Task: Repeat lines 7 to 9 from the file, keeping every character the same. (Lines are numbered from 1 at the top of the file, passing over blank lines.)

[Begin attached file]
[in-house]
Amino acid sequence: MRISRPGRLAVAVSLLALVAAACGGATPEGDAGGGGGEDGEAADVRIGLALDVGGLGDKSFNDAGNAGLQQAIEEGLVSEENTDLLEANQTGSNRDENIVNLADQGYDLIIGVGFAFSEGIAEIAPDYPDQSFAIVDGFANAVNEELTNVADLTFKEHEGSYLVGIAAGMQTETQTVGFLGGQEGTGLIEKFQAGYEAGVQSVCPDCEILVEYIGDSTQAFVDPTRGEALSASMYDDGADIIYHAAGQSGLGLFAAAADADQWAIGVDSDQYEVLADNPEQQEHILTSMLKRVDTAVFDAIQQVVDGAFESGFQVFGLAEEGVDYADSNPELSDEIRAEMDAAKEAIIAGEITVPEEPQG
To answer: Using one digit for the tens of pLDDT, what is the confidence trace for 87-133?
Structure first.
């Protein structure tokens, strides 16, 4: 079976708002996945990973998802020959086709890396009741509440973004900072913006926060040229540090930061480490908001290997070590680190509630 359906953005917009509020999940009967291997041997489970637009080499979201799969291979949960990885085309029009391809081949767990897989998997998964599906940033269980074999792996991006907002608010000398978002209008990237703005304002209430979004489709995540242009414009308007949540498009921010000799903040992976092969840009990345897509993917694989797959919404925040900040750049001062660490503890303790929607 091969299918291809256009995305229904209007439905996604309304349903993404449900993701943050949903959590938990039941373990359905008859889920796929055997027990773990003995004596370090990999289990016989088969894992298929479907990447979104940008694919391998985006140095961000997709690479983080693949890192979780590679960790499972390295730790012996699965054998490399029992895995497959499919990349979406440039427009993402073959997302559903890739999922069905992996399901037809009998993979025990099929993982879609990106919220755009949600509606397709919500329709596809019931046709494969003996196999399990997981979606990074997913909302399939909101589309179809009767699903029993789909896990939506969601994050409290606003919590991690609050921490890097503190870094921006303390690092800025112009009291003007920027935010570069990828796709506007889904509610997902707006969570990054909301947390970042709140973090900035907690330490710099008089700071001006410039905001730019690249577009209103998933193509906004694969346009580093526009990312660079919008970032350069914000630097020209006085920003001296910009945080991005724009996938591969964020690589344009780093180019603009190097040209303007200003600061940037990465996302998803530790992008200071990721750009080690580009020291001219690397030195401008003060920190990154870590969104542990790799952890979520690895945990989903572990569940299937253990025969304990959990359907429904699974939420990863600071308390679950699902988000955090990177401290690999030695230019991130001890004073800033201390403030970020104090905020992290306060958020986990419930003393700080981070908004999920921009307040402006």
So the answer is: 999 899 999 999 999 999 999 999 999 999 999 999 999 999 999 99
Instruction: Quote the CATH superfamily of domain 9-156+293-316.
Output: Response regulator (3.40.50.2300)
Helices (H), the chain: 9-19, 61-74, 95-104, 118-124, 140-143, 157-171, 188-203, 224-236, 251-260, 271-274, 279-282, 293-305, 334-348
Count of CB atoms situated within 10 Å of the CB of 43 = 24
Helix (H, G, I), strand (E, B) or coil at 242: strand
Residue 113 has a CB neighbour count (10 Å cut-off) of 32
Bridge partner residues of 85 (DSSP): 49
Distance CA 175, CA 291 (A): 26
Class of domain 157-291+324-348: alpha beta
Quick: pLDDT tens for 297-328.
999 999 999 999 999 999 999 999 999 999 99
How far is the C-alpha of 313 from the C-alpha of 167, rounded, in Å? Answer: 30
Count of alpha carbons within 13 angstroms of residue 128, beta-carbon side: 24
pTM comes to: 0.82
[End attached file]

Instruction: Quote the CATH superfamily of domain 9-156+293-316.
Output: Response regulator (3.40.50.2300)
Helices (H), the chain: 9-19, 61-74, 95-104, 118-124, 140-143, 157-171, 188-203, 224-236, 251-260, 271-274, 279-282, 293-305, 334-348